APRIL 2003


(Wednesday, 1 April 1998)

Cinema Themes: The "Femme" Fatale

(films from the land of Lola Lola and Humbert Humbert)

Josef von Sternberg's Der Blaue Engel (1930)

Jean-Luc Godard's A bout de souffle (1960)

Stanley Kubrick's Lolita (1962)

Luchino Visconti's Morte a Venezia (1971)

Louis Malle's Fatale (1992)

Takashi Miike's Audition (1999)

Other suggestions?


(Thursday, 2 April 1998)

Nabakov Studies

The Poerotic Novel: Nabokov's Lolita and Ada by Maurice Couturier.

The Function of the Phallus: Lolita and/as Children's Fiction by Vadim Linetski

A extensive bibliography on Nabokov's Lolita.


(Friday, 3 April 1998)

Ann Wodinski writes:

What about Louis Malle's Damage (1992)?

Thanks Ann, I've added it.


Elsewhere a real monster is found lurking beneath the war news.

CNN's coverage. BBC's coverage.

Colossal squid (Mesonychoteuthis hamiltoni).


(Sunday, 5 April 1998)

"Surprising how simple a nuclear reactor actually is."

On My Way There

Two wishbones on the subway's floor.

"This moment is what André Breton would have called objective chance. It was one of Breton's great ideas that when it is a question of a man's passion, chance will create, in and of itself, the object of his fantasies."

(Robbe-Grillet in The Erotic Dream Machine: Interviews with Alain Robbe-Grillet on His Films) Breton auction. 11 December 1999: "At the bedside of Master Breton." 2 October 2000: "While on the topic of alienation does anyone have any idea how many people André Breton excommunicated from the Surrealist Movement during his lifetime?"


(Monday, 6 April 1998)

On My Way Back

This morning, still dark, a few minutes after leaving the ayahuasca space in Amsterdam.

Carefully Recorded Time

Finished reading Robbe-Grillet's cine-novel The Immortal One (1963) this evening. My God. A text describing no more than an hour and a half running time took me a full week to get through. I suppose it is one thing to read a film script and another to read a Robbe-Grillet film script...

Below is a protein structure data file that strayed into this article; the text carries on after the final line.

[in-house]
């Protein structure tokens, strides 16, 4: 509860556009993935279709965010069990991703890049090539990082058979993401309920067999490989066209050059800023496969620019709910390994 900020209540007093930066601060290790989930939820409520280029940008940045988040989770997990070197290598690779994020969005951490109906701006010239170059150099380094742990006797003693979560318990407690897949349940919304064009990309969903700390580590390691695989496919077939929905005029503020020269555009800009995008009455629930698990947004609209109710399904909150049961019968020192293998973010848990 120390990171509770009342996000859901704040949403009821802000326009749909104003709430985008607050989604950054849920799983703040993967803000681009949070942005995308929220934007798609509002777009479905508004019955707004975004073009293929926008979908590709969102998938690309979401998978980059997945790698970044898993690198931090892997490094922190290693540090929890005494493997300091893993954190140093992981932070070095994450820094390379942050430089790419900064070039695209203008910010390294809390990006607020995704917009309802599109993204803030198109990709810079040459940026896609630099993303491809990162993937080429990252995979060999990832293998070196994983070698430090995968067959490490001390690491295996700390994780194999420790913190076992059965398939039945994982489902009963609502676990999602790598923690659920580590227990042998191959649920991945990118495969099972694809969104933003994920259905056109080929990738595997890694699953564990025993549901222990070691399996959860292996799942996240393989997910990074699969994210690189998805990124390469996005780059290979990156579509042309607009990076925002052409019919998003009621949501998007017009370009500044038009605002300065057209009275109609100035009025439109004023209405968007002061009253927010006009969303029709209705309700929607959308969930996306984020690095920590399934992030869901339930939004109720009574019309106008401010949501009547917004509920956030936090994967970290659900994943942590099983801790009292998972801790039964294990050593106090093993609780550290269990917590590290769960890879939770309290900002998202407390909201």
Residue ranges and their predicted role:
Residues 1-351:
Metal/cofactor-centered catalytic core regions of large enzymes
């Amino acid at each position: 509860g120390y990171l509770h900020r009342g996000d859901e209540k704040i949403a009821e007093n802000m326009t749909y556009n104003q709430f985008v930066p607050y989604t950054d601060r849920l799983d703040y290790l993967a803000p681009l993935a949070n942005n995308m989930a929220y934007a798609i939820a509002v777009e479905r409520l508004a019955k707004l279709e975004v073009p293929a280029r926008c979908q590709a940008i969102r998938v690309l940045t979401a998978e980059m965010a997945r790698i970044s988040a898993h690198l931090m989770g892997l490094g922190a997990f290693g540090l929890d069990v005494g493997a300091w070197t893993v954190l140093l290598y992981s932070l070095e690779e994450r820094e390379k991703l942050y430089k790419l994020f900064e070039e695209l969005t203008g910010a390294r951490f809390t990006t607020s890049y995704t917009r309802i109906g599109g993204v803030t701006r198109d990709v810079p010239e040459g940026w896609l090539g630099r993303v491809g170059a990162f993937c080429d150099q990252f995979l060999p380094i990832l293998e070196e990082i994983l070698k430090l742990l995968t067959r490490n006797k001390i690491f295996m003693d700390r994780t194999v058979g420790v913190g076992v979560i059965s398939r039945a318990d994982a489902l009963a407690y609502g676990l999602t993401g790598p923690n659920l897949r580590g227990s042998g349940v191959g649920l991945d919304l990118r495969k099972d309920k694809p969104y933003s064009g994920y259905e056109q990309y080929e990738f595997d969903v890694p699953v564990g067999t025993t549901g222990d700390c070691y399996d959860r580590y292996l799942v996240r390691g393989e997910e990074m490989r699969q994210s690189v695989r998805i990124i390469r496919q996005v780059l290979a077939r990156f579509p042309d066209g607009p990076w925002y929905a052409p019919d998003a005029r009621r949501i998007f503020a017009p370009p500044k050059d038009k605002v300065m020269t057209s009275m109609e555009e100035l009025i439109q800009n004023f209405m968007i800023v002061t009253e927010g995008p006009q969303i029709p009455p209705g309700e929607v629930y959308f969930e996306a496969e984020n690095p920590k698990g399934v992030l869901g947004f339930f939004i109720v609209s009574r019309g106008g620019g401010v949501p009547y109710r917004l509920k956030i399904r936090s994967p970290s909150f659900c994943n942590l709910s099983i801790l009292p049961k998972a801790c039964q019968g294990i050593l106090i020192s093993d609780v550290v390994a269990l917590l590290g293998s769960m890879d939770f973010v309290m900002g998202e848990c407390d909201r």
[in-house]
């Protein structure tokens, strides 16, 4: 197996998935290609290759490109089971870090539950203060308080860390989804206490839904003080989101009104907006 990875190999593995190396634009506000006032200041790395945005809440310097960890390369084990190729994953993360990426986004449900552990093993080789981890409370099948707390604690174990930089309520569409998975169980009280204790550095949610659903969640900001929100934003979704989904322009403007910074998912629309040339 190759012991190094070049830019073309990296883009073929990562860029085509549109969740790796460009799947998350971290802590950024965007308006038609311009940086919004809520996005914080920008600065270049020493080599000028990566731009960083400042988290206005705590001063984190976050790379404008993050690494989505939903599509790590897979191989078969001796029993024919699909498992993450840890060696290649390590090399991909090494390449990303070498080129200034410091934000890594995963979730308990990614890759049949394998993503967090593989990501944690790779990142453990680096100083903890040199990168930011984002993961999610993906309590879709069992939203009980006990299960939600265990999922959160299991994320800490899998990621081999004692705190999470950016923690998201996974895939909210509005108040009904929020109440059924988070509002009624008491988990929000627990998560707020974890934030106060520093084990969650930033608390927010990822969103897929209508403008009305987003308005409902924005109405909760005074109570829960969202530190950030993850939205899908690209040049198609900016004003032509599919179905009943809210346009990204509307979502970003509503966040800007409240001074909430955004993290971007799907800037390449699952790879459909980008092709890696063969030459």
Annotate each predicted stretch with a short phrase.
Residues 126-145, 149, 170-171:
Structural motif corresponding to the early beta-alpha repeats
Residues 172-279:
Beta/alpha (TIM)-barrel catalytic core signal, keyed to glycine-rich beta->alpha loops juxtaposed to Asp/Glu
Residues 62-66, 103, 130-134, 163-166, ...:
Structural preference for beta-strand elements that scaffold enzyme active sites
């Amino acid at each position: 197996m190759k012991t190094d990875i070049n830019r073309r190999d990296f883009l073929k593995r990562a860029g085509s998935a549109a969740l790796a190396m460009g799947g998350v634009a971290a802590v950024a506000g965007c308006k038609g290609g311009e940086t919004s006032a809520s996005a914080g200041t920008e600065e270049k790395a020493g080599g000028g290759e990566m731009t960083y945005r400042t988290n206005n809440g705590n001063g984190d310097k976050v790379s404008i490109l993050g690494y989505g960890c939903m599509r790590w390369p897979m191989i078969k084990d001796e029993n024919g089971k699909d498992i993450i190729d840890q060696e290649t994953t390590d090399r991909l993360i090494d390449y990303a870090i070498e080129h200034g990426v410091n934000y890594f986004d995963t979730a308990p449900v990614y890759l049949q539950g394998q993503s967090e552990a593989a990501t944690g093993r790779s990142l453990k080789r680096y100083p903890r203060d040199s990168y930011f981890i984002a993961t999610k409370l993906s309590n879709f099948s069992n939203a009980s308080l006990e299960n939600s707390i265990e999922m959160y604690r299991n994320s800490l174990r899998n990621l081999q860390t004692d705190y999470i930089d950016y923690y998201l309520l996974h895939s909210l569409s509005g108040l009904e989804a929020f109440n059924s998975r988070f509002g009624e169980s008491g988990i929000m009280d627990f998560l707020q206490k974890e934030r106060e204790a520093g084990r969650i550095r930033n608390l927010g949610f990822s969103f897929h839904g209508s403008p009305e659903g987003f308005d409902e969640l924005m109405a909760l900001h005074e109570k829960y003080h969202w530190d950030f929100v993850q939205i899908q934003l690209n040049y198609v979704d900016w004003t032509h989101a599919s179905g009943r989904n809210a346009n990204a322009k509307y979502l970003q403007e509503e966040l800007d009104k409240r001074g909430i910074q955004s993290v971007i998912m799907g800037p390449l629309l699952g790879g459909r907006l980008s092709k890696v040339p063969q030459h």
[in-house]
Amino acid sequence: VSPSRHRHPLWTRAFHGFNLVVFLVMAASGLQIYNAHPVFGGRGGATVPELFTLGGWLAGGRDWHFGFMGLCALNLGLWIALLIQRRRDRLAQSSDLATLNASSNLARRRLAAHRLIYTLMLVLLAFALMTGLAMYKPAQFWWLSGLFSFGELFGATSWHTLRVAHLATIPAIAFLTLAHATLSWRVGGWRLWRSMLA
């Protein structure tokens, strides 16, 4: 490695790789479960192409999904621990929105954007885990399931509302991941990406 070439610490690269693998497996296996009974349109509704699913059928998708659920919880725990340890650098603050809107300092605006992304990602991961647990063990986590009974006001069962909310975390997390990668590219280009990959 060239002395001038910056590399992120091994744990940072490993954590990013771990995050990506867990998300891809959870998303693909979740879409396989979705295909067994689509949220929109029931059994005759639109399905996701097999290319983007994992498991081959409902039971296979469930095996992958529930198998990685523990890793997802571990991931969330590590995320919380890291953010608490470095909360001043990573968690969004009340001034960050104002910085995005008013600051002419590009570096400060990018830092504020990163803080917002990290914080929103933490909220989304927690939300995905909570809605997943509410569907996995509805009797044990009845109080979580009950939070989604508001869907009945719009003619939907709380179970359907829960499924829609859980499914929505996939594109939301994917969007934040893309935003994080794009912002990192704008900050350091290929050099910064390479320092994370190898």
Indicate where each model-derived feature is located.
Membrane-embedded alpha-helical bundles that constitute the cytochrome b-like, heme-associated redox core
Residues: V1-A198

Three Figures of Interest

La Femme Fatale. Le Couple Maudit. La Belle Captive.

A Famous Dutch Necronym

N. read somewhere that Vincent van Gogh, born March 30, 1853, was in fact the necronym of his stillborn brother, Vincent van Gogh, born a year earlier on March 30, 1852.


(Friday, 10 April 1998)

The war seems nearly over. Yesterday I spent the day doing nearly nothing -- I watched Claude Chabrol's Merci pour le Chocolat and Lars von Trier's Europa/Zentropa. Today I've spent the day doing nearly nothing as well -- reading bits and pieces from various books and sleeping.

Quote of the Day:

"I did not make the transition from the novel to film. I am not by nature a novelist nor even by profession, since I am an agricultural engineer specializing in diseases afflicting banana trees."

(Robbe-Grillet in The Erotic Dream Machine: Interviews with Alain Robbe-Grillet on His Films)


(Saturday, 11 April 1998)

The Uncanny

The Real and the Uncanny. Watched both John Frankenheimer's The Manchurian Candidate and Andrei Tarkovsky's The Sacrifice last night. While Frankenheimer is certainly no Tarkovsky in many respects his film is just as remarkable in its relation to the Real and the Uncanny as any of Tarkovsky's works -- one cannot watch The Manchurian Candidate without wondering at its (1) air of forewarning -- as a precursor to the assassinations of the 60's (John Kennedy, Malcolm X, Martin Luther King, Robert Kennedy), and (2), Frankenheimer's own experience at the Ambassador Hotel in 1968.

Greil Marcus: Chronicle of a Death Foretold

People Weekly (May 16, 1988): Director John Frankenheimer's The Manchurian Candidate Plays to a Full House after 26 Years

(Re: Frankenheimer's alleged brush with Sirhan Sirhan. After his collapse, Otto, the postman who collects 'uncanny incidents' and meditates on eternal recurrence in Tarkovsky's The Sacrifice (a film of recurring collapses), asks the others: "What was that? What do you think?" and then proceeds to answer his own question, "It was only an evil angel passing by, who saw fit to touch me.")

The Real

RS: In Angélique, you define the real that art might imitate -- if it must -- as "the universe that our unconscious confronts and secretes at the same time... and not the false world of the everyday". Does that mean, therefore, that there can be no access to the real without imagination?

AR-G: Surely, without any doubt. In the conception of the real of contemporary philosophy and, in my opinion, of contemporary thought in general, the notion of the real is a human notion. It does not concern an animal, for example. The real is a phenomenon of consciousness, in keeping with the ideas of Husserl's phenomenology and in keeping also with all the experiments on the imaginary, of which surrealism is a particularly good example.